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Grounders boost Lyles' confidence on mound

GLENDALE, Ariz. -- Right-hander Jordan Lyles' results were mixed at best, but he saw enough good in his performance Sunday against the Dodgers.

Lyles, competing with left-hander Franklin Morales for the final spot in the Rockies' rotation, gave up three runs and five hits in 4 1/3 innings against the Dodgers. The performance rose Lyles' ERA from 1.13 to 2.92.

"I can say I feel pretty good with where I'm at physically and what I've done on the mound all spring," Lyles said.

The good was Lyles forced seven groundouts. A Carl Crawford leadoff double in the fourth, which was hit along the ground into the right-field corner, led to a two-run fourth that also included Juan Uribe's two-out double. Lyles walked A.J. Ellis behind Uribe but ended the frame by forcing a Dee Gordon grounder.

Lyles, who pitched the past three seasons with the Astros, is trying to end a negative pattern of having good work overshadowed by one big inning. But when his chance came to escape trouble, his day was done.

Lyles walked Dodgers starter Hyun-Jin Ryu to open the fifth, and admitted he might have let up. After a Yasiel Puig popout, Crawford singled. It was then that manager Walt Weiss removed Lyles because he had reached his pitch limit.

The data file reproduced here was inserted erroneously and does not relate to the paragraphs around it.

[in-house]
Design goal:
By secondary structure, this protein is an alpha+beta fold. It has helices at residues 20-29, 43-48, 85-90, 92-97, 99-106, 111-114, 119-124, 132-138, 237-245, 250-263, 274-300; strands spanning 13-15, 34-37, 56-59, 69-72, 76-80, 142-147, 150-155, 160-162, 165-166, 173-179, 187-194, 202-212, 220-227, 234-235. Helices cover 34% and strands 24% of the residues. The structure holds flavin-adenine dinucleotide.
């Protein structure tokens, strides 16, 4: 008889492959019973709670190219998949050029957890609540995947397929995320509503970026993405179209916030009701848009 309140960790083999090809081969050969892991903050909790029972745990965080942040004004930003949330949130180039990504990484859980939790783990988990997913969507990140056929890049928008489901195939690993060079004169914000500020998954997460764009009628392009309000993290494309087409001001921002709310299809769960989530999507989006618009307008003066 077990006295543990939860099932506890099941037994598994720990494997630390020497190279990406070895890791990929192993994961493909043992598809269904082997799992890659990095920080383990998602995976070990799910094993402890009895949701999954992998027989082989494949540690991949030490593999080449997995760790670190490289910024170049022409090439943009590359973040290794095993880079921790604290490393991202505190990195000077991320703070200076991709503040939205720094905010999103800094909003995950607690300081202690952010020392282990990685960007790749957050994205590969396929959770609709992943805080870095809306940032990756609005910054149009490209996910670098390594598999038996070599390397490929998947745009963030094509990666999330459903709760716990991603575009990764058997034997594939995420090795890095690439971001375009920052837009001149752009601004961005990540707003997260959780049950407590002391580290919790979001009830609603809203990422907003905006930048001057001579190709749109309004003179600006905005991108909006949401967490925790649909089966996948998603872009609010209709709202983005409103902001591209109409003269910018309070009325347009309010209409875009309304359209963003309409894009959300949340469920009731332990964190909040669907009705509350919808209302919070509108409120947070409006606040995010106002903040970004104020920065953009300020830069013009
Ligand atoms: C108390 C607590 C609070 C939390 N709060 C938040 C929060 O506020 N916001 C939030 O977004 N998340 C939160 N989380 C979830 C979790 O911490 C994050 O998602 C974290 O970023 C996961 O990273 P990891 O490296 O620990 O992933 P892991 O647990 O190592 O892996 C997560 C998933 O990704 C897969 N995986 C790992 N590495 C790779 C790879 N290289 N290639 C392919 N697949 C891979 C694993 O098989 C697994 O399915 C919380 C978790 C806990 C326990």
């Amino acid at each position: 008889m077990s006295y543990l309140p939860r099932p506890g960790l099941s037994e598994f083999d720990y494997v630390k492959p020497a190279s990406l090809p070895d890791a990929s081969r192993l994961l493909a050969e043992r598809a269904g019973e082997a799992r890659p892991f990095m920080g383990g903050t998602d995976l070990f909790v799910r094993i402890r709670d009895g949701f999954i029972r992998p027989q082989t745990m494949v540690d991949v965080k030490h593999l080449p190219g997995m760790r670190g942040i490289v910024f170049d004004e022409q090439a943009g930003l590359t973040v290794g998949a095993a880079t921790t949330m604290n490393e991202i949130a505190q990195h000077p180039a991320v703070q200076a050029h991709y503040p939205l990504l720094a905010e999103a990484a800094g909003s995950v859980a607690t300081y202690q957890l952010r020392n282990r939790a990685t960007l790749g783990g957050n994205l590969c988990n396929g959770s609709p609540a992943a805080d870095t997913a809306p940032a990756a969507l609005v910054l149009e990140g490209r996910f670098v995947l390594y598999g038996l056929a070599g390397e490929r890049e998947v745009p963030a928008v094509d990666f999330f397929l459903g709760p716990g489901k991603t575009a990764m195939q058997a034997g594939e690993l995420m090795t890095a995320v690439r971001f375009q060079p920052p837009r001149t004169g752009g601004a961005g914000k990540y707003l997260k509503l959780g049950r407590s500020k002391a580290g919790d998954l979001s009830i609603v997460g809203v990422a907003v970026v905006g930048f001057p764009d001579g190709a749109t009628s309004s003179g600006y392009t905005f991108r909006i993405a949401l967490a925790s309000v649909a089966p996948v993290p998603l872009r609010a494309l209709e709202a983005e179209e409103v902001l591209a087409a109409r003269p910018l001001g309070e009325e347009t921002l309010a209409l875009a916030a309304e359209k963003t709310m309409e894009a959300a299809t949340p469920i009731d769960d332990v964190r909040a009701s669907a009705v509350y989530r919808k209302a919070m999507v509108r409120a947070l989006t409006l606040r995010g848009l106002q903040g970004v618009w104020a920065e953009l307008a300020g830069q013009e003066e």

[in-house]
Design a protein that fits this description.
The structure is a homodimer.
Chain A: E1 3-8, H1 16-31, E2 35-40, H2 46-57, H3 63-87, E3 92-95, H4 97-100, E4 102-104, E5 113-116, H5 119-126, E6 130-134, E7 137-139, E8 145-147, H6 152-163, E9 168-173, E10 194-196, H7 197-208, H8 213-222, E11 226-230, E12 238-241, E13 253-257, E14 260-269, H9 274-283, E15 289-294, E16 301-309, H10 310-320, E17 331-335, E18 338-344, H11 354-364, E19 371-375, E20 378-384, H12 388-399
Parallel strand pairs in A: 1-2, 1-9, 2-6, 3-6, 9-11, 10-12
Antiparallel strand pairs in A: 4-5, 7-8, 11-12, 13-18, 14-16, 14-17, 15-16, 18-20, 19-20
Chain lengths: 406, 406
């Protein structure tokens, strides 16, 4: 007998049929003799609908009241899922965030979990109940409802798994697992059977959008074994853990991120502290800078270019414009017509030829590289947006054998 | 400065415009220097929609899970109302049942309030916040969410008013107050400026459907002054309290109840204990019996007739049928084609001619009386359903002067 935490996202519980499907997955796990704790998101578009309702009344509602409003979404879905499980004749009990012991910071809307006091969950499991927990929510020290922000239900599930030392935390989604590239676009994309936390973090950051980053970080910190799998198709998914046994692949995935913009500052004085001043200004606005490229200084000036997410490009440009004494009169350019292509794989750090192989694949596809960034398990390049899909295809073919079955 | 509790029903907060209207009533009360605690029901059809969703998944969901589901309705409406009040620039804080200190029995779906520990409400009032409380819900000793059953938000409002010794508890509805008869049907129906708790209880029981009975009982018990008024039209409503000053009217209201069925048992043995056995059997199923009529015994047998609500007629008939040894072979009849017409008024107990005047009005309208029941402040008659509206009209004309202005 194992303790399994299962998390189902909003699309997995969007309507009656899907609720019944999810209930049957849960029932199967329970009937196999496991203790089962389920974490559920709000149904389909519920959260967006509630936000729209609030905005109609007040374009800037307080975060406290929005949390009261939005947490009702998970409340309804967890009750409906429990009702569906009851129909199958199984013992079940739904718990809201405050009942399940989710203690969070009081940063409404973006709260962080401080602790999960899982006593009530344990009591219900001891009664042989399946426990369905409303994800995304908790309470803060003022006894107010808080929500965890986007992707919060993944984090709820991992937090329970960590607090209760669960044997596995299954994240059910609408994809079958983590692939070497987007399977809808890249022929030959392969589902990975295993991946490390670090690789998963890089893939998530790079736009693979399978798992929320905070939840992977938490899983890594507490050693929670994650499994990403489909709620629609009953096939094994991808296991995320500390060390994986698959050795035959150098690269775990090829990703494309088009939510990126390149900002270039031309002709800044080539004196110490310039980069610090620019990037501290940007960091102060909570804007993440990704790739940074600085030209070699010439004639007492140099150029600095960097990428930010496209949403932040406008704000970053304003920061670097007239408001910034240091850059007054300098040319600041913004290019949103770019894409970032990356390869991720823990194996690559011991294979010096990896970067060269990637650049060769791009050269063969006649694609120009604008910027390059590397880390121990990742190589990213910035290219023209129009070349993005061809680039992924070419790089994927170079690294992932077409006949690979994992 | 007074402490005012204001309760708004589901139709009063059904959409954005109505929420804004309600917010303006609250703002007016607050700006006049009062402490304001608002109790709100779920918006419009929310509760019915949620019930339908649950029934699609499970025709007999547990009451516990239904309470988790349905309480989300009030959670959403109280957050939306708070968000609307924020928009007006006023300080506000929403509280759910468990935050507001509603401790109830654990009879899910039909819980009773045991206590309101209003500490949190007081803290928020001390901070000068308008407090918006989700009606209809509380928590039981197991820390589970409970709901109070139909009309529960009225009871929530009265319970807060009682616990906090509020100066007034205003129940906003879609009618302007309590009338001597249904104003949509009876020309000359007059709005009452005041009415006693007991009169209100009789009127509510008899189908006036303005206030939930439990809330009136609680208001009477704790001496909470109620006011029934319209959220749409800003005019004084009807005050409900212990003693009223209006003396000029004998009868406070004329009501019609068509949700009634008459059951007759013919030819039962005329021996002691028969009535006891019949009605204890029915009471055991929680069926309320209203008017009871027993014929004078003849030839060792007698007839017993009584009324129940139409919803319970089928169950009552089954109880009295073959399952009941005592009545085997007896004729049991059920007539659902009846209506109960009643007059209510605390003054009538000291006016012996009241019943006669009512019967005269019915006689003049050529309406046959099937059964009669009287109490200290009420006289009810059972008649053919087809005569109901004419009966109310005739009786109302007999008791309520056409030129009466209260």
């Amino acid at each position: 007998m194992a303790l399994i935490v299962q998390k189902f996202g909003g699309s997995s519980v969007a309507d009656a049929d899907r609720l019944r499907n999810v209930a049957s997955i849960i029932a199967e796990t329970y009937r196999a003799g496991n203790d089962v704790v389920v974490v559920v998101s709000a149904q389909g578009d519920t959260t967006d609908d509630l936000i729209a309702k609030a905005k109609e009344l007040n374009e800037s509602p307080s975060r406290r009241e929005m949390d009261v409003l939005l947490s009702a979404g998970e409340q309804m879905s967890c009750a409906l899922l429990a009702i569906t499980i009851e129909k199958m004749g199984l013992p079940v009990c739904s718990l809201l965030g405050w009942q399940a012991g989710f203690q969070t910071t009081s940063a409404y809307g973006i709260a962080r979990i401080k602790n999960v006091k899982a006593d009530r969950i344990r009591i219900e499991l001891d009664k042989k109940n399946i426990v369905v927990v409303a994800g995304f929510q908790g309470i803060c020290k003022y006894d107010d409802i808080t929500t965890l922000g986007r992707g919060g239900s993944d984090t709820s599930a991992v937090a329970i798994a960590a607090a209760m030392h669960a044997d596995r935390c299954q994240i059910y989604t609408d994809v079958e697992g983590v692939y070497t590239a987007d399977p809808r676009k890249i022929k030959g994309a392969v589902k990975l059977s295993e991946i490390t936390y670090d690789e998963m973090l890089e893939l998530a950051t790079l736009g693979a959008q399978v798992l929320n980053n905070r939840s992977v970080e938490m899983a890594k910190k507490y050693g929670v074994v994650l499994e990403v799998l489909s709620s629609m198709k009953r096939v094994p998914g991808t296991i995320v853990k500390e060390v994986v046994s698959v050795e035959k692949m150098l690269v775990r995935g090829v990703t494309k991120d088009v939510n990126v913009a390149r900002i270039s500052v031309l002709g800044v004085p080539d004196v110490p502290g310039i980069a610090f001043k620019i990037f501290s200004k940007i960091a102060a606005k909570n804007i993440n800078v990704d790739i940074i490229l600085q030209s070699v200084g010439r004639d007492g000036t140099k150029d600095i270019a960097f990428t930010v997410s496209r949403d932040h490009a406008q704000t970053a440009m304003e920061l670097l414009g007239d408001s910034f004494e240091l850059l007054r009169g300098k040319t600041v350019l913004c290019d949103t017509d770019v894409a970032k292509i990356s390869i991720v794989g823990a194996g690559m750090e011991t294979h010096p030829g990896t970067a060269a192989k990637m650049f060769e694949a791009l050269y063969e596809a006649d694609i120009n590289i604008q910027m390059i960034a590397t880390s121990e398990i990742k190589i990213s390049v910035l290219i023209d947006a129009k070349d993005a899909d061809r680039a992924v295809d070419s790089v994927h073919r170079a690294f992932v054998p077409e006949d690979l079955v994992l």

"We'll stretch it out to maybe 80-85 pitches next time out," said Lyles, acquired with outfielder Brandon Barnes for center fielder Dexter Fowler in November. "But I feel great. When guys are on base, I've been getting guys to hit the top of the ball this spring. Keeping the ball down has been pretty easy for me so far. If you keep getting ground balls, you'll get out of those jams."

Lyles is confident he can escape trouble. In the fourth, one of the runs scored on Adrian Gonzalez's single that rolled through the middle of the infield.

Weiss spoke favorably of the performance.

"Really, leadoff walk and the ball he got up and got hit [by Uribe] were the only two blemishes," Weiss said. "Other than that, he threw the ball really well. He pitched well with his fastball to both sides of the plate. He's worked on some things, created some angle, is staying over the rubber a little longer and is getting some positive results from it."

Thomas Harding is a reporter for Follow him on Twitter @harding_at_mlb.
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